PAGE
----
Ms Doherty said a new approach, if achieved, would require systems change, legislative change and political as well as societal “buy-in”. It would not happen in one budget cycle, she said, but she wanted discussions on moving towards such an approach.

“It’s not about deserving more or less because everyone deserves an essential standard of living. But if you live in an area where you have public transport outside your door and can get on your bus with a free travel card well then you don’t have that cost…whereas if you live in Glenroe and you have no public transport and you have to have a car or a bicycle [your costs are higher].”

Levels of poverty

She said it could be administratively onerous, but this was not a reason to ignore the persistent levels of poverty among some groups – particularly lone-parent families and households headed by people with disabilities – despite welfare increases and a recovering economy.

“When you break it down there are some who are taking more than a minimum essential living standard from the State but there are a lot of people who are not….So there is a whole different variety of circumstances that need to be looked at, that doesn’t get addressed when you give everybody the same, across-the-board, because you still leave the people at most risk behind.”

© 2019 irishtimes.com

All State pensions should not be equal, says Minister

Kitty Holland

 

Last Updated: Saturday, July 6, 2019, 01:00

It is not “fair” that some older people receive State pensions that are more than they need while others on the same amount live in poverty, Minister for Social Protection Regina Doherty has said.

Ms Doherty said she wants to reform the welfare system and bring an end to €5 top-ups on every welfare payment being announced on budget days.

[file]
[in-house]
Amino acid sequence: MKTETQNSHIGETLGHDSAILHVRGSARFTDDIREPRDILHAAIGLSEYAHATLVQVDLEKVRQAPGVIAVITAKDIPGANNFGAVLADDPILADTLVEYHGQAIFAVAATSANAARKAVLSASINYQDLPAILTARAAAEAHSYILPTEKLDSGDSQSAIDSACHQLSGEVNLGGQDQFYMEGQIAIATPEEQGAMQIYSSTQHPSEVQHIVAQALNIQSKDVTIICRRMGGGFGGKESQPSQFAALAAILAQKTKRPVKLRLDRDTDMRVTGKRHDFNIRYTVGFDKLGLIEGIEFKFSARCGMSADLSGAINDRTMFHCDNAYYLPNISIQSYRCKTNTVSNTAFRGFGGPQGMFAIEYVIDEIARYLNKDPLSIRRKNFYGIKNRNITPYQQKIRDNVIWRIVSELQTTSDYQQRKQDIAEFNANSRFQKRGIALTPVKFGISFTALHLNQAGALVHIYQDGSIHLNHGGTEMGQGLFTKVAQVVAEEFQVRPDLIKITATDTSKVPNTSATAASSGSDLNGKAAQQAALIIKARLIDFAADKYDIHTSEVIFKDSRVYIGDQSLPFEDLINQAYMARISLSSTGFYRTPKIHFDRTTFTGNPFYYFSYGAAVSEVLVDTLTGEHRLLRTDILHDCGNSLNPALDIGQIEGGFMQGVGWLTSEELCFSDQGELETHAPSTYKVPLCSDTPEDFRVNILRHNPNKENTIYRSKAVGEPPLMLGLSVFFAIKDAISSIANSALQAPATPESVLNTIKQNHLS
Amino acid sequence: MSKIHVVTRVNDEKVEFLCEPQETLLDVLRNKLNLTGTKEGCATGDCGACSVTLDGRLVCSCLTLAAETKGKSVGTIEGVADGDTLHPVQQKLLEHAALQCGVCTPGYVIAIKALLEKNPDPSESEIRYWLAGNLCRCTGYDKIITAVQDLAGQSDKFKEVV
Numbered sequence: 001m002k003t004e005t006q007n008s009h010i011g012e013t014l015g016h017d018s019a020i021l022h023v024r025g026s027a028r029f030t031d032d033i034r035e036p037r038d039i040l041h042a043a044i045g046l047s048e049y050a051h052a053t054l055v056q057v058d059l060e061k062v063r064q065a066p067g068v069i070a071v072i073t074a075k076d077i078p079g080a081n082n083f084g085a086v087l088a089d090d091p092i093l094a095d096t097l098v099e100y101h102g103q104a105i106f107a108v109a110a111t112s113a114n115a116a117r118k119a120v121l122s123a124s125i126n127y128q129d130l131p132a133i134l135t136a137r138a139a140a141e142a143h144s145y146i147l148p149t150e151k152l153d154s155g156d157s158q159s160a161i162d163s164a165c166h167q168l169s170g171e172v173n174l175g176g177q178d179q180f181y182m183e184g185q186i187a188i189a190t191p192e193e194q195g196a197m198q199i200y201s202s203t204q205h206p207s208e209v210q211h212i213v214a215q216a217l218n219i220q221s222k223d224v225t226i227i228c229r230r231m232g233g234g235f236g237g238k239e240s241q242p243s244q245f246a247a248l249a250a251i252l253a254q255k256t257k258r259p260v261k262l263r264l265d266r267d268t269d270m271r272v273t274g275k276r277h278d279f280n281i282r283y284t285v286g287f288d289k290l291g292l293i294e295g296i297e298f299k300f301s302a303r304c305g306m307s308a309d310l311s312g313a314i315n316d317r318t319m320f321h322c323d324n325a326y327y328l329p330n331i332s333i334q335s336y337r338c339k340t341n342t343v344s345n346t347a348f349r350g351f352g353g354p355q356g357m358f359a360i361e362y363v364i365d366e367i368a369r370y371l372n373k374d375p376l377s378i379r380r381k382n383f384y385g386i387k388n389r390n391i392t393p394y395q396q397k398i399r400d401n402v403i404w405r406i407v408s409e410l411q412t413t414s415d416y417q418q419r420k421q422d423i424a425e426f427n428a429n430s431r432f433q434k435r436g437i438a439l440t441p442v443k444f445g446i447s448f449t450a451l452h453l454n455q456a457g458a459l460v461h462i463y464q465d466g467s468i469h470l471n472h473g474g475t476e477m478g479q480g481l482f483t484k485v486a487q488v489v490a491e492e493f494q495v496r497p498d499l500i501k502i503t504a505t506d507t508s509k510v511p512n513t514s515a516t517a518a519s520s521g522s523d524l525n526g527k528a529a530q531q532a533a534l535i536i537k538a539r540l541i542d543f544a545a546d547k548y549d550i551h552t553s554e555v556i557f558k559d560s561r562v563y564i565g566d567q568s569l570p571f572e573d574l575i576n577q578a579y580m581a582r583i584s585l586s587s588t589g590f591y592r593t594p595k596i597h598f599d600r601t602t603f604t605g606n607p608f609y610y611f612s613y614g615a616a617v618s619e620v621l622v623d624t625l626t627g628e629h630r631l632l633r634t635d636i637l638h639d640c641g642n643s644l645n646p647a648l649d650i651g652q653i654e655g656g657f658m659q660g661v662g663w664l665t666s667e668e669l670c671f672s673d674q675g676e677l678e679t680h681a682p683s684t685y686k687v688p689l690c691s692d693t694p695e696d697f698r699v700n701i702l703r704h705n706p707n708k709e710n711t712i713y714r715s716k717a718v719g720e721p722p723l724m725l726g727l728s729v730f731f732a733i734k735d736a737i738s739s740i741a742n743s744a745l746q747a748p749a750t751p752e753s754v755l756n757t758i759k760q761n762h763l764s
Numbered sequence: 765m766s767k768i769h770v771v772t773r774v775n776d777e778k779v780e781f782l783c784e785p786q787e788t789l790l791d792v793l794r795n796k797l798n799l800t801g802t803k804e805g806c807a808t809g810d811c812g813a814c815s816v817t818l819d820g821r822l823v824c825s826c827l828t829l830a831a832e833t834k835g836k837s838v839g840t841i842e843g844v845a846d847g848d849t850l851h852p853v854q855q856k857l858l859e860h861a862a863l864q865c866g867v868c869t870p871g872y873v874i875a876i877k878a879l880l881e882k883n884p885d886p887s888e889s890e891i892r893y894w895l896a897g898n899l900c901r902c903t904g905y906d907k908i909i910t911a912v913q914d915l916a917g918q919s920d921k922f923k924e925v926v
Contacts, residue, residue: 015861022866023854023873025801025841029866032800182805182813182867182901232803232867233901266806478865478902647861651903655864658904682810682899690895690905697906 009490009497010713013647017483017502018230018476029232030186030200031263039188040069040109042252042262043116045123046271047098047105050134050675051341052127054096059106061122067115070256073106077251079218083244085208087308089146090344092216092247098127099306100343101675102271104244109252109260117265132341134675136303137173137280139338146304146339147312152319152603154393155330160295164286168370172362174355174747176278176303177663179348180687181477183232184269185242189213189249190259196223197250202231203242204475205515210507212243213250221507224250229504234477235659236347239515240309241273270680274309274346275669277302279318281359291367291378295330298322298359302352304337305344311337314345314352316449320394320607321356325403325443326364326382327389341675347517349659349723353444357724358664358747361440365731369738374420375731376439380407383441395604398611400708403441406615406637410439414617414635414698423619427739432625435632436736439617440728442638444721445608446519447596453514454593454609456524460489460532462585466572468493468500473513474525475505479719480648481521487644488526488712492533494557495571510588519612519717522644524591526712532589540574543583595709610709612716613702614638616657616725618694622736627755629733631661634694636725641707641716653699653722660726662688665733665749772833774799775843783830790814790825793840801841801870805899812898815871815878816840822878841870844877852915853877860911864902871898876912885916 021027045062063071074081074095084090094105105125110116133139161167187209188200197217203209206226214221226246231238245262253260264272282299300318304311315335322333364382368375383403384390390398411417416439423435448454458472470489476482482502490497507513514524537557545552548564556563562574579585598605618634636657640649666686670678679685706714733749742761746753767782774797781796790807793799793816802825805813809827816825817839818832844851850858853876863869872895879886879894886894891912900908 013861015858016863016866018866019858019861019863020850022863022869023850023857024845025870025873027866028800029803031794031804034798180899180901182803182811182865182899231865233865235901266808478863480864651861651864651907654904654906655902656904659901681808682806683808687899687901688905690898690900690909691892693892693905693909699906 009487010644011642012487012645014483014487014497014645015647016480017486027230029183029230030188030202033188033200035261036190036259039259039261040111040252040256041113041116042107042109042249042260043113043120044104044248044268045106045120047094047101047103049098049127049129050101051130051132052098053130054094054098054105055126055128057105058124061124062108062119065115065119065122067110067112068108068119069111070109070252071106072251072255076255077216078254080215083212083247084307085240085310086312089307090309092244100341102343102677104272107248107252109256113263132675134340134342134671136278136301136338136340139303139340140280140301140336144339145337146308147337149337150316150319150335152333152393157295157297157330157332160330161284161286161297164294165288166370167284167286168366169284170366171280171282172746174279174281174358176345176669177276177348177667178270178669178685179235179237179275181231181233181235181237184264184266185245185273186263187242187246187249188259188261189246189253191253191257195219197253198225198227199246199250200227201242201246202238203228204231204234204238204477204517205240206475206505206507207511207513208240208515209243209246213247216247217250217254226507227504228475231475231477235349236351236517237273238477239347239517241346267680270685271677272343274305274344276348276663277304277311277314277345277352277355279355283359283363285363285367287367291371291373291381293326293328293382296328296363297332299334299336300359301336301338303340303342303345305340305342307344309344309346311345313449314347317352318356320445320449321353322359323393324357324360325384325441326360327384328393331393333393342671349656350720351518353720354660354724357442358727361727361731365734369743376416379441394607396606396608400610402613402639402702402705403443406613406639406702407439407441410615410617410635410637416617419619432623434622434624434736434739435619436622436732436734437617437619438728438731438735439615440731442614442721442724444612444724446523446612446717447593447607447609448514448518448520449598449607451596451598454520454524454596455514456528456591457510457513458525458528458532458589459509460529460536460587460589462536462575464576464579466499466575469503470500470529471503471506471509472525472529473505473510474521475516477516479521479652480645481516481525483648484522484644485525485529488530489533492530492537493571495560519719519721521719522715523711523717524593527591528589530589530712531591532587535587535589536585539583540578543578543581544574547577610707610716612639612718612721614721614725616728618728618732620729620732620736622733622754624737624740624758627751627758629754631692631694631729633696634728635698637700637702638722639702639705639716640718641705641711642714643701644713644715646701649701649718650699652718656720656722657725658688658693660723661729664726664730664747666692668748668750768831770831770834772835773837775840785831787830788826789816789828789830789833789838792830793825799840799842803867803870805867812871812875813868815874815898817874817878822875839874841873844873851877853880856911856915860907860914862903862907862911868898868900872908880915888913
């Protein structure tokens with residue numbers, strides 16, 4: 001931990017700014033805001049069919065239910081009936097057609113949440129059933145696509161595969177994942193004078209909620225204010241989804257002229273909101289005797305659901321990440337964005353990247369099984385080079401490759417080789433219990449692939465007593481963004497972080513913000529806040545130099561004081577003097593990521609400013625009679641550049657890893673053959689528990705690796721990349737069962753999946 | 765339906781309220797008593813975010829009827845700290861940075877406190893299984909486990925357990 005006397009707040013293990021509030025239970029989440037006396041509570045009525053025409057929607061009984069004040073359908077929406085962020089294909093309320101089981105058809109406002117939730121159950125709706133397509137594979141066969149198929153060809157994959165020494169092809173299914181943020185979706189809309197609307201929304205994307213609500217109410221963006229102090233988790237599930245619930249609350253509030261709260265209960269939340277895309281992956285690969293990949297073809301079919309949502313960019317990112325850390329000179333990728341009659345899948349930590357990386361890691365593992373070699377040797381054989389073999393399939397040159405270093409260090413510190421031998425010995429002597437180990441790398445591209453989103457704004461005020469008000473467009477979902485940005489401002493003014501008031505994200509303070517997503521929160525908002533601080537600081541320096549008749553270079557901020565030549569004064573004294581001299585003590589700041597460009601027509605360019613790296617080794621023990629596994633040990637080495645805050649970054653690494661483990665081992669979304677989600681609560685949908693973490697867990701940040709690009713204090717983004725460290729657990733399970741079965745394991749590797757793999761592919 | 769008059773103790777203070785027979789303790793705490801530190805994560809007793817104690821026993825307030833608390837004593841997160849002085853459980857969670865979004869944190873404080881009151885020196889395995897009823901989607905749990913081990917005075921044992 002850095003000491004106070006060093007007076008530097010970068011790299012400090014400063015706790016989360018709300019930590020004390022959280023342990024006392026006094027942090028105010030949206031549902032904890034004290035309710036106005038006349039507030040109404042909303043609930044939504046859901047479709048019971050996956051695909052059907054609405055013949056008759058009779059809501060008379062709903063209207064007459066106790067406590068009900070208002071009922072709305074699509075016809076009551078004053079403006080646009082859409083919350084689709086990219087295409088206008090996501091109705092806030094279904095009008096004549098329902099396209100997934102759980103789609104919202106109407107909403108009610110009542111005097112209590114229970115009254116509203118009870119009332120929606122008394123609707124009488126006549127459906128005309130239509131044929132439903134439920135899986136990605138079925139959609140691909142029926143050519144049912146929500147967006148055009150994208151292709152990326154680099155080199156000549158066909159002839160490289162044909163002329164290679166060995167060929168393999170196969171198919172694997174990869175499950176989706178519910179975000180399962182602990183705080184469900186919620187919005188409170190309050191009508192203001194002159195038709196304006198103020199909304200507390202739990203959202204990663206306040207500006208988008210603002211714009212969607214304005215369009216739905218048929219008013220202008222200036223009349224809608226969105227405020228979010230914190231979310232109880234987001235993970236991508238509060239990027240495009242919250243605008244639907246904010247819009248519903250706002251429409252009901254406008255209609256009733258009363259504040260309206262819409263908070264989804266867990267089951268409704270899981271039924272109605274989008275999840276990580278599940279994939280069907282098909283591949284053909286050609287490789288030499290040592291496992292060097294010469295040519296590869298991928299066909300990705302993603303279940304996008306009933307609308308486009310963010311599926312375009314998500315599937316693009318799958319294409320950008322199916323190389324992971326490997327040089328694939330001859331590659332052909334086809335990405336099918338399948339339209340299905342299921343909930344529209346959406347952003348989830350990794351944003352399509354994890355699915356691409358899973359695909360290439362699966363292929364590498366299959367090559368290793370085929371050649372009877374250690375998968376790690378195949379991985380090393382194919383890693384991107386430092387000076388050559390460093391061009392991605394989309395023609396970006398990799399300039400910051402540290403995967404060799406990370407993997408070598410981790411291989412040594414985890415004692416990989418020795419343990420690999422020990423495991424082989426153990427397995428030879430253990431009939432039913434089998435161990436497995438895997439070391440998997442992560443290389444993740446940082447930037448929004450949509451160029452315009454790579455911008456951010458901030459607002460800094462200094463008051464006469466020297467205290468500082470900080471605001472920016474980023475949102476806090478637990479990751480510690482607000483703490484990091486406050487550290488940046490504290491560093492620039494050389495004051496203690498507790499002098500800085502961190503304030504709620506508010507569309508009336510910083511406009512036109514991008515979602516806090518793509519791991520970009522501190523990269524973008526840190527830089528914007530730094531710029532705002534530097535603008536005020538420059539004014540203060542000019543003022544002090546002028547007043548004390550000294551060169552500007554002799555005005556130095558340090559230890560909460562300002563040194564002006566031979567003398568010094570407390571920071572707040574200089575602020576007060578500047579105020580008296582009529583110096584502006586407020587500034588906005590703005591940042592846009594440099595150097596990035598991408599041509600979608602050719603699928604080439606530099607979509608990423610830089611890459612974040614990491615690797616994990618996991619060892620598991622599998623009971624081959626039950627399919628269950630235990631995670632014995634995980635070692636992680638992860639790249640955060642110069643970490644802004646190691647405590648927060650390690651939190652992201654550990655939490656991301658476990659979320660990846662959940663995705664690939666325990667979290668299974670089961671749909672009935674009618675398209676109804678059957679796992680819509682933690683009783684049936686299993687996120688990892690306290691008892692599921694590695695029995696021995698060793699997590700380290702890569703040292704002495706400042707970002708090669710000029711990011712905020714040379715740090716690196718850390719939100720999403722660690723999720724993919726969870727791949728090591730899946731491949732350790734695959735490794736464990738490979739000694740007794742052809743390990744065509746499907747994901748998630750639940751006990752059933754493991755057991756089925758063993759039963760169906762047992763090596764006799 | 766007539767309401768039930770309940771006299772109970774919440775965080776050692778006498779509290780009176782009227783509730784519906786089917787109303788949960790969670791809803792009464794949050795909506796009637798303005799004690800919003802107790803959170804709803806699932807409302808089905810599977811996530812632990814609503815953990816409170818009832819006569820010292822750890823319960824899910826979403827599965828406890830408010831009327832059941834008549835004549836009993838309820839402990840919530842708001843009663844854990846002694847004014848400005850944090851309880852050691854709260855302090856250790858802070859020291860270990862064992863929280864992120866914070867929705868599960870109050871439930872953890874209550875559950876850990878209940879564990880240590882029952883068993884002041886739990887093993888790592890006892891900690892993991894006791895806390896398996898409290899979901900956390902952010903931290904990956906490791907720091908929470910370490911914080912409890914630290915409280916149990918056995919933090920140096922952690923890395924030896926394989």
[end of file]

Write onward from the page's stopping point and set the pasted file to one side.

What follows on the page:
She said everyone should have a basic minimum income guaranteeing that they can participate in society but that the current system was not delivering this.

The Minister said “if we are really serious about everybody enjoying the benefits of a recovering economy, well then we need to look at those who are most at risk of poverty and the people in consistent poverty as opposed to just doing a little bit for everybody”.

The same payments for similar households in different parts of Ireland may not be appropriate, she said, adding that political and public “buy in” would be needed to explain to the “lady in Donegal” why she was going to get “more, or less” than “the lady somewhere else” in the State.

“So a long conversation will be needed,” she said, adding that the changes would not be achieved in one budget cycle.

Ms Doherty said that despite a recovering economy and increases in welfare payments, 120,000 children still lived in consistent poverty, while some welfare recipients were getting more than they needed, including pensioner couples in urban areas.

“It’s not just about the rates. It’s about ensuring everyone has a minimum standard of living. What we have at the moment is people being left behind because we’re quite happy to leave everybody the same and everyone is not the same.”

© 2019 irishtimes.com